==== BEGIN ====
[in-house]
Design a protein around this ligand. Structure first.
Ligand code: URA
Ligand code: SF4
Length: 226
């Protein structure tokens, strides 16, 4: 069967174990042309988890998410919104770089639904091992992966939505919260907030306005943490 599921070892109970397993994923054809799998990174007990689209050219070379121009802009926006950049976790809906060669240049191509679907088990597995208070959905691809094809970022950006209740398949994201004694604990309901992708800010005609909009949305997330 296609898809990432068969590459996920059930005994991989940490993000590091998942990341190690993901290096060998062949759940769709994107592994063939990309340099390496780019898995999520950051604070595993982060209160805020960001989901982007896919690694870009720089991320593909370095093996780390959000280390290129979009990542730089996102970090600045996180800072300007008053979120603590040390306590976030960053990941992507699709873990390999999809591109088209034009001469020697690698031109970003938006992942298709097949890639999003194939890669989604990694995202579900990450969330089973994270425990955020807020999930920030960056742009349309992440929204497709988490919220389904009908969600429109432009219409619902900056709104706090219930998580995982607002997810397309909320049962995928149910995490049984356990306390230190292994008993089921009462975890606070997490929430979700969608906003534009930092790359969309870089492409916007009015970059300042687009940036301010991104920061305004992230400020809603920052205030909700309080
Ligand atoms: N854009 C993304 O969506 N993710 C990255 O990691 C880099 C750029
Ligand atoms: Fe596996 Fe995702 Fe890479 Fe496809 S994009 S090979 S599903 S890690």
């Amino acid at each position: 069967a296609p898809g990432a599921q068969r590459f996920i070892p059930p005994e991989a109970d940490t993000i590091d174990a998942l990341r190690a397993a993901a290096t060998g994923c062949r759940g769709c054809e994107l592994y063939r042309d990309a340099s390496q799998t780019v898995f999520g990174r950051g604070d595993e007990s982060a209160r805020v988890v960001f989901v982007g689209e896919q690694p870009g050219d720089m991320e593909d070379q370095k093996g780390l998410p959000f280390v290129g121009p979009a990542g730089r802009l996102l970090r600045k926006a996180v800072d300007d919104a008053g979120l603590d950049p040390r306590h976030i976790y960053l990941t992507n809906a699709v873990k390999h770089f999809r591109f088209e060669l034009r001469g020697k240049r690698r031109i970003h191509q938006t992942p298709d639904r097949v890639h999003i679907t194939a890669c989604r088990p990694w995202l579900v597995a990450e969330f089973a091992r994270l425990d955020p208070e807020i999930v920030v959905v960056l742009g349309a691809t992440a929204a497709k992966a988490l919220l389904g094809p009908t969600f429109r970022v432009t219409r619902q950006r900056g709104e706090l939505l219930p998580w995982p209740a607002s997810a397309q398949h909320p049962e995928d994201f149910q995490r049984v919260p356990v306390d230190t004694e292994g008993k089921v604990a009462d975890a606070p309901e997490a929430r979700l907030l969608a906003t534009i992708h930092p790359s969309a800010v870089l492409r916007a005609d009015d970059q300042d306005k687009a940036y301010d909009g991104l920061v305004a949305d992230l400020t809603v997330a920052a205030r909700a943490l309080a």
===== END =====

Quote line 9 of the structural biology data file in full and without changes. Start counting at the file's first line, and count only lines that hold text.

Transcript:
């Amino acid at each position: 069967a296609p898809g990432a599921q068969r590459f996920i070892p059930p005994e991989a109970d940490t993000i590091d174990a998942l990341r190690a397993a993901a290096t060998g994923c062949r759940g769709c054809e994107l592994y063939r042309d990309a340099s390496q799998t780019v898995f999520g990174r950051g604070d595993e007990s982060a209160r805020v988890v960001f989901v982007g689209e896919q690694p870009g050219d720089m991320e593909d070379q370095k093996g780390l998410p959000f280390v290129g121009p979009a990542g730089r802009l996102l970090r600045k926006a996180v800072d300007d919104a008053g979120l603590d950049p040390r306590h976030i976790y960053l990941t992507n809906a699709v873990k390999h770089f999809r591109f088209e060669l034009r001469g020697k240049r690698r031109i970003h191509q938006t992942p298709d639904r097949v890639h999003i679907t194939a890669c989604r088990p990694w995202l579900v597995a990450e969330f089973a091992r994270l425990d955020p208070e807020i999930v920030v959905v960056l742009g349309a691809t992440a929204a497709k992966a988490l919220l389904g094809p009908t969600f429109r970022v432009t219409r619902q950006r900056g709104e706090l939505l219930p998580w995982p209740a607002s997810a397309q398949h909320p049962e995928d994201f149910q995490r049984v919260p356990v306390d230190t004694e292994g008993k089921v604990a009462d975890a606070p309901e997490a929430r979700l907030l969608a906003t534009i992708h930092p790359s969309a800010v870089l492409r916007a005609d009015d970059q300042d306005k687009a940036y301010d909009g991104l920061v305004a949305d992230l400020t809603v997330a920052a205030r909700a943490l309080a």